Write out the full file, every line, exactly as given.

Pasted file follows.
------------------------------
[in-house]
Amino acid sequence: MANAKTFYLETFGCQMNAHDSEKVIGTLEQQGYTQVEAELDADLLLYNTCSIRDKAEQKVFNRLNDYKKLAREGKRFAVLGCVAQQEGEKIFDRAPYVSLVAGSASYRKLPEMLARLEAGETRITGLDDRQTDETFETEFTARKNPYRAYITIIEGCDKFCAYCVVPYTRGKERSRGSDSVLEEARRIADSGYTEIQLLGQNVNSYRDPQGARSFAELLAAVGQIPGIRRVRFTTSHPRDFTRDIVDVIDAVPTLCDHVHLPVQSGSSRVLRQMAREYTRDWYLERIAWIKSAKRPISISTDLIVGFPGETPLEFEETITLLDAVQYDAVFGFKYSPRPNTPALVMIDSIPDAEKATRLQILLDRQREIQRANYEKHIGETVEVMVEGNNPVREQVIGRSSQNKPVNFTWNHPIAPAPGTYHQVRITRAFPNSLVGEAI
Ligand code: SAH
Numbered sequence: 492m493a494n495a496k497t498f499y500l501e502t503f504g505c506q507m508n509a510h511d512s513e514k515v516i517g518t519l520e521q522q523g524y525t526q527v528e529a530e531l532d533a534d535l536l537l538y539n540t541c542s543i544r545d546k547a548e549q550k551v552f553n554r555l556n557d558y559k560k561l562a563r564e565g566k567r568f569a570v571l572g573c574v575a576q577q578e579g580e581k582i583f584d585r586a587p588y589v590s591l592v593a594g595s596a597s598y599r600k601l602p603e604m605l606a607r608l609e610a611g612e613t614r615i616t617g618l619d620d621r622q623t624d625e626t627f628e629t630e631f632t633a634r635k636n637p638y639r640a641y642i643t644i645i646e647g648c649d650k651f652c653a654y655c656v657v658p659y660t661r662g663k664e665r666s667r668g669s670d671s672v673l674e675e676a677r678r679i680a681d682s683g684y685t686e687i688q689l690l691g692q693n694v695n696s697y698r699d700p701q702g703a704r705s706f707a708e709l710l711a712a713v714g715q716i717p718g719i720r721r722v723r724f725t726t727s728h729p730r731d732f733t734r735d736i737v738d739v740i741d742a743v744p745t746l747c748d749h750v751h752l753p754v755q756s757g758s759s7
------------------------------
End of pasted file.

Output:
[in-house]
Amino acid sequence: MANAKTFYLETFGCQMNAHDSEKVIGTLEQQGYTQVEAELDADLLLYNTCSIRDKAEQKVFNRLNDYKKLAREGKRFAVLGCVAQQEGEKIFDRAPYVSLVAGSASYRKLPEMLARLEAGETRITGLDDRQTDETFETEFTARKNPYRAYITIIEGCDKFCAYCVVPYTRGKERSRGSDSVLEEARRIADSGYTEIQLLGQNVNSYRDPQGARSFAELLAAVGQIPGIRRVRFTTSHPRDFTRDIVDVIDAVPTLCDHVHLPVQSGSSRVLRQMAREYTRDWYLERIAWIKSAKRPISISTDLIVGFPGETPLEFEETITLLDAVQYDAVFGFKYSPRPNTPALVMIDSIPDAEKATRLQILLDRQREIQRANYEKHIGETVEVMVEGNNPVREQVIGRSSQNKPVNFTWNHPIAPAPGTYHQVRITRAFPNSLVGEAI
Ligand code: SAH
Numbered sequence: 492m493a494n495a496k497t498f499y500l501e502t503f504g505c506q507m508n509a510h511d512s513e514k515v516i517g518t519l520e521q522q523g524y525t526q527v528e529a530e531l532d533a534d535l536l537l538y539n540t541c542s543i544r545d546k547a548e549q550k551v552f553n554r555l556n557d558y559k560k561l562a563r564e565g566k567r568f569a570v571l572g573c574v575a576q577q578e579g580e581k582i583f584d585r586a587p588y589v590s591l592v593a594g595s596a597s598y599r600k601l602p603e604m605l606a607r608l609e610a611g612e613t614r615i616t617g618l619d620d621r622q623t624d625e626t627f628e629t630e631f632t633a634r635k636n637p638y639r640a641y642i643t644i645i646e647g648c649d650k651f652c653a654y655c656v657v658p659y660t661r662g663k664e665r666s667r668g669s670d671s672v673l674e675e676a677r678r679i680a681d682s683g684y685t686e687i688q689l690l691g692q693n694v695n696s697y698r699d700p701q702g703a704r705s706f707a708e709l710l711a712a713v714g715q716i717p718g719i720r721r722v723r724f725t726t727s728h729p730r731d732f733t734r735d736i737v738d739v740i741d742a743v744p745t746l747c748d749h750v751h752l753p754v755q756s757g758s759s7